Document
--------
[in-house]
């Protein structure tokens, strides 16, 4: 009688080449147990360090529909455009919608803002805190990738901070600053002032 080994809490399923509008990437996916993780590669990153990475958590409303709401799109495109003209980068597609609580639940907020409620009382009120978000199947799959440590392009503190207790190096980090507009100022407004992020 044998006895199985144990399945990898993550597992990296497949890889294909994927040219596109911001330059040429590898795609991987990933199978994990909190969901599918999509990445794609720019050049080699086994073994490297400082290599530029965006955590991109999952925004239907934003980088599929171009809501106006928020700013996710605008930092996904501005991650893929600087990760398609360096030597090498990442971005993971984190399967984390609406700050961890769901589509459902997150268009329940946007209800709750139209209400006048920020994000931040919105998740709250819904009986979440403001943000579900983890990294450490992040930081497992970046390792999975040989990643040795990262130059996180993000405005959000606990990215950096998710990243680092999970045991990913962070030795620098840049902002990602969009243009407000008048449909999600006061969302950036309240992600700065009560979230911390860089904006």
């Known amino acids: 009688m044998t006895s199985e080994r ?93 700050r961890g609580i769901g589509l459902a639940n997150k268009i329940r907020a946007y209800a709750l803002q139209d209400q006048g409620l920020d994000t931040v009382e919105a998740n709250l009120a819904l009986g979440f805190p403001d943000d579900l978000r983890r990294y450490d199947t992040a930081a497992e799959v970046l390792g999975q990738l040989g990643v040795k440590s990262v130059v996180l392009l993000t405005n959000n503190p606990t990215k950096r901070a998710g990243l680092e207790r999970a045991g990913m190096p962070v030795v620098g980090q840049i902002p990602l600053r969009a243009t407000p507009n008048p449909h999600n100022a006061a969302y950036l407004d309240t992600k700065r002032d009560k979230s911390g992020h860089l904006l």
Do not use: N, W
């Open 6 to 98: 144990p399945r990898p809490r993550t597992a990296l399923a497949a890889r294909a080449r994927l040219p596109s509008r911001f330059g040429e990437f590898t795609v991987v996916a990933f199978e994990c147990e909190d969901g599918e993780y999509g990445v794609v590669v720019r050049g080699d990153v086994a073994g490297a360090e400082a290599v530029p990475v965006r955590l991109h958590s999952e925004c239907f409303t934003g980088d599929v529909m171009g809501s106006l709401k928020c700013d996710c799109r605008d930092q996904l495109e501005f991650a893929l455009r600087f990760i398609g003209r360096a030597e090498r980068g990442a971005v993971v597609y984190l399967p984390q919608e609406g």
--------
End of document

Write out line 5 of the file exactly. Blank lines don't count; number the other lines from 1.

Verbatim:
């Open 6 to 98: 144990p399945r990898p809490r993550t597992a990296l399923a497949a890889r294909a080449r994927l040219p596109s509008r911001f330059g040429e990437f590898t795609v991987v996916a990933f199978e994990c147990e909190d969901g599918e993780y999509g990445v794609v590669v720019r050049g080699d990153v086994a073994g490297a360090e400082a290599v530029p990475v965006r955590l991109h958590s999952e925004c239907f409303t934003g980088d599929v529909m171009g809501s106006l709401k928020c700013d996710c799109r605008d930092q996904l495109e501005f991650a893929l455009r600087f990760i398609g003209r360096a030597e090498r980068g990442a971005v993971v597609y984190l399967p984390q919608e609406g």